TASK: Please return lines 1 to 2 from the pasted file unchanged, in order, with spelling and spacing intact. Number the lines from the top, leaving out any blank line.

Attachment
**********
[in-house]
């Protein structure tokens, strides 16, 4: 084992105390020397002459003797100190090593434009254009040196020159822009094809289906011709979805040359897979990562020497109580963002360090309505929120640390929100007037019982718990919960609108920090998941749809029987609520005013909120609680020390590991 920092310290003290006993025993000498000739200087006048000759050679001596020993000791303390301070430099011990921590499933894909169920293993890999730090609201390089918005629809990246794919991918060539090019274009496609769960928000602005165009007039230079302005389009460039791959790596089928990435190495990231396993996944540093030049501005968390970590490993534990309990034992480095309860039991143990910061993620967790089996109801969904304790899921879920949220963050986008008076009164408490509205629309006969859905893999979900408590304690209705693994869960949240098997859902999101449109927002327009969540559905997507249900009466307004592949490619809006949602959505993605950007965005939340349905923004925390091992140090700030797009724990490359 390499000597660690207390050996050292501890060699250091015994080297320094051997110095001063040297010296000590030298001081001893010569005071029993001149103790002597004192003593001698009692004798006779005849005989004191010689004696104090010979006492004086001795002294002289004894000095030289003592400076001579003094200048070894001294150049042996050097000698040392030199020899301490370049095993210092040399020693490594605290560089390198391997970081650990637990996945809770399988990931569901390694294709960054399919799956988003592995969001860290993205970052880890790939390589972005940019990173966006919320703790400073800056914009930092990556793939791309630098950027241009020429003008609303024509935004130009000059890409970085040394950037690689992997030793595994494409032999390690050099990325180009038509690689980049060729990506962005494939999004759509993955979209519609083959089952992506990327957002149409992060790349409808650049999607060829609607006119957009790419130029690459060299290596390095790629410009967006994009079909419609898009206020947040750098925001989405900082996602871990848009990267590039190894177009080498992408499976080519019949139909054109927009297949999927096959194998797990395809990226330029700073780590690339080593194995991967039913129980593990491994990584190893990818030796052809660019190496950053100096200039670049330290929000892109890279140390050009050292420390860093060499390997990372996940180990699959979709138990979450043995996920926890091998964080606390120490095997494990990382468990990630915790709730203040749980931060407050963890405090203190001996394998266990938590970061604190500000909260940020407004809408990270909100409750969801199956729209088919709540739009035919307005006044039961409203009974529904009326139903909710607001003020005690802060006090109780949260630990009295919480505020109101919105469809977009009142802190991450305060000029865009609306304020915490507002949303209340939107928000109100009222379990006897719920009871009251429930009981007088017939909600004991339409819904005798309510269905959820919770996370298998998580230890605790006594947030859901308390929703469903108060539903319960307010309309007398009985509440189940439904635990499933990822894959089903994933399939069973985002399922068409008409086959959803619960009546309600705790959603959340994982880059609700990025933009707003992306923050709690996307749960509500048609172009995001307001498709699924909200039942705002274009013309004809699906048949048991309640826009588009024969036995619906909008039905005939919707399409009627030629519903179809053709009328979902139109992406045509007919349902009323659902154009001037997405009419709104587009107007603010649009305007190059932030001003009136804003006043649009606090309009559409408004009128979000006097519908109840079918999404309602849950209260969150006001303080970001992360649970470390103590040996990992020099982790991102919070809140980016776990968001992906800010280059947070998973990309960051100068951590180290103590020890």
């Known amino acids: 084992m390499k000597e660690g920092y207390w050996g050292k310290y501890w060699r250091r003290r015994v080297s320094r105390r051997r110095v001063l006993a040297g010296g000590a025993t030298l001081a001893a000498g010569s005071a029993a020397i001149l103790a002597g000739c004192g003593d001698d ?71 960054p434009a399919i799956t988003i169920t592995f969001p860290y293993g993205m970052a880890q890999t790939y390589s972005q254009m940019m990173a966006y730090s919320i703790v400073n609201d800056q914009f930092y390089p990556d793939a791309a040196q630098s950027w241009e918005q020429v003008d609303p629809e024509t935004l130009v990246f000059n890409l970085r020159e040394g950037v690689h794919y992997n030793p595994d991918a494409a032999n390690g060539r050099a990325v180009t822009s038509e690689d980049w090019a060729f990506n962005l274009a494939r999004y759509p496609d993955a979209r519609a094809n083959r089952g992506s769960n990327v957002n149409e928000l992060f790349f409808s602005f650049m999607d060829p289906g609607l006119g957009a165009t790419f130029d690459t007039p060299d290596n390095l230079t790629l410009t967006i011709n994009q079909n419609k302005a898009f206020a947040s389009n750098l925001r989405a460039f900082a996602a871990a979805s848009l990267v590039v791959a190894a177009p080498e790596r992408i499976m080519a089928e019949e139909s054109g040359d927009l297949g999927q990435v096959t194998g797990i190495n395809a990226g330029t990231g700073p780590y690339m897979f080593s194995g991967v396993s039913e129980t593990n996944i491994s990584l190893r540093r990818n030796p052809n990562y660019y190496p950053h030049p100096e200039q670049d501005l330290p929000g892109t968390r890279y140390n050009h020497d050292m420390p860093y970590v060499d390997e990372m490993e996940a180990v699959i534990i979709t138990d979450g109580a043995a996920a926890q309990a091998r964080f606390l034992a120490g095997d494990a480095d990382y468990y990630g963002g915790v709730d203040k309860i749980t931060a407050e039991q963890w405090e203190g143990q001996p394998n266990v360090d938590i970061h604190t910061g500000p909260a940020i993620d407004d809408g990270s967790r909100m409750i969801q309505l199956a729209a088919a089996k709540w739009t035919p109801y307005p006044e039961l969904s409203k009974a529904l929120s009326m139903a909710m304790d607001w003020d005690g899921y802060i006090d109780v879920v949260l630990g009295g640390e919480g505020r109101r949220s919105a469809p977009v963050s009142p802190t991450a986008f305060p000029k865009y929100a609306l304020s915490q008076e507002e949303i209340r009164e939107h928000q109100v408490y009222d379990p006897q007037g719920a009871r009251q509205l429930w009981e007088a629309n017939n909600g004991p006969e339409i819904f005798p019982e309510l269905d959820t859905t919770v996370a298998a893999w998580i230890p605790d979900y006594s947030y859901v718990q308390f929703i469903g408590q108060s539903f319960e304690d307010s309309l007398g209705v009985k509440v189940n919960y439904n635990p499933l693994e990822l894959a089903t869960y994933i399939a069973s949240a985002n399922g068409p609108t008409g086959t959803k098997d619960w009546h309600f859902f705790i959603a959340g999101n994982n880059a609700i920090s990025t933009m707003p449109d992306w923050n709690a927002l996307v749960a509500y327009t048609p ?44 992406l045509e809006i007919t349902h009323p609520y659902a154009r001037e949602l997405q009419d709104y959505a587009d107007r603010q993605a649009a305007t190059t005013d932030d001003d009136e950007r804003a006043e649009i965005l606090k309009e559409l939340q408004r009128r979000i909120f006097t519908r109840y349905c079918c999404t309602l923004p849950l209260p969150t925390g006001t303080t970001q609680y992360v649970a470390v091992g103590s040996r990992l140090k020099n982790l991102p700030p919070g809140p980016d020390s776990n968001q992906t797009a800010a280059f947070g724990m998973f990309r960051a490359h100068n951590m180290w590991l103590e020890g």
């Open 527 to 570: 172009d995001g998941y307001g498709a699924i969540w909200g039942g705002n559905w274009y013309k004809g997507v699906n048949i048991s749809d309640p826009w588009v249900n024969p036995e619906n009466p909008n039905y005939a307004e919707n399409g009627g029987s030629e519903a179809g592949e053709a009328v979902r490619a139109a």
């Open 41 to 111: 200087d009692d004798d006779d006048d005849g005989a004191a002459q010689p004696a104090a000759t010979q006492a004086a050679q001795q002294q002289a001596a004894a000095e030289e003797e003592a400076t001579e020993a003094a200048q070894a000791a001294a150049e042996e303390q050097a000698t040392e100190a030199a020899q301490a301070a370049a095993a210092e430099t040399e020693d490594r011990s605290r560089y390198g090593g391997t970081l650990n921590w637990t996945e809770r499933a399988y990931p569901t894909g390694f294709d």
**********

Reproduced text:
[in-house]
């Protein structure tokens, strides 16, 4: 084992105390020397002459003797100190090593434009254009040196020159822009094809289906011709979805040359897979990562020497109580963002360090309505929120640390929100007037019982718990919960609108920090998941749809029987609520005013909120609680020390590991 920092310290003290006993025993000498000739200087006048000759050679001596020993000791303390301070430099011990921590499933894909169920293993890999730090609201390089918005629809990246794919991918060539090019274009496609769960928000602005165009007039230079302005389009460039791959790596089928990435190495990231396993996944540093030049501005968390970590490993534990309990034992480095309860039991143990910061993620967790089996109801969904304790899921879920949220963050986008008076009164408490509205629309006969859905893999979900408590304690209705693994869960949240098997859902999101449109927002327009969540559905997507249900009466307004592949490619809006949602959505993605950007965005939340349905923004925390091992140090700030797009724990490359 390499000597660690207390050996050292501890060699250091015994080297320094051997110095001063040297010296000590030298001081001893010569005071029993001149103790002597004192003593001698009692004798006779005849005989004191010689004696104090010979006492004086001795002294002289004894000095030289003592400076001579003094200048070894001294150049042996050097000698040392030199020899301490370049095993210092040399020693490594605290560089390198391997970081650990637990996945809770399988990931569901390694294709960054399919799956988003592995969001860290993205970052880890790939390589972005940019990173966006919320703790400073800056914009930092990556793939791309630098950027241009020429003008609303024509935004130009000059890409970085040394950037690689992997030793595994494409032999390690050099990325180009038509690689980049060729990506962005494939999004759509993955979209519609083959089952992506990327957002149409992060790349409808650049999607060829609607006119957009790419130029690459060299290596390095790629410009967006994009079909419609898009206020947040750098925001989405900082996602871990848009990267590039190894177009080498992408499976080519019949139909054109927009297949999927096959194998797990395809990226330029700073780590690339080593194995991967039913129980593990491994990584190893990818030796052809660019190496950053100096200039670049330290929000892109890279140390050009050292420390860093060499390997990372996940180990699959979709138990979450043995996920926890091998964080606390120490095997494990990382468990990630915790709730203040749980931060407050963890405090203190001996394998266990938590970061604190500000909260940020407004809408990270909100409750969801199956729209088919709540739009035919307005006044039961409203009974529904009326139903909710607001003020005690802060006090109780949260630990009295919480505020109101919105469809977009009142802190991450305060000029865009609306304020915490507002949303209340939107928000109100009222379990006897719920009871009251429930009981007088017939909600004991339409819904005798309510269905959820919770996370298998998580230890605790006594947030859901308390929703469903108060539903319960307010309309007398009985509440189940439904635990499933990822894959089903994933399939069973985002399922068409008409086959959803619960009546309600705790959603959340994982880059609700990025933009707003992306923050709690996307749960509500048609172009995001307001498709699924909200039942705002274009013309004809699906048949048991309640826009588009024969036995619906909008039905005939919707399409009627030629519903179809053709009328979902139109992406045509007919349902009323659902154009001037997405009419709104587009107007603010649009305007190059932030001003009136804003006043649009606090309009559409408004009128979000006097519908109840079918999404309602849950209260969150006001303080970001992360649970470390103590040996990992020099982790991102919070809140980016776990968001992906800010280059947070998973990309960051100068951590180290103590020890």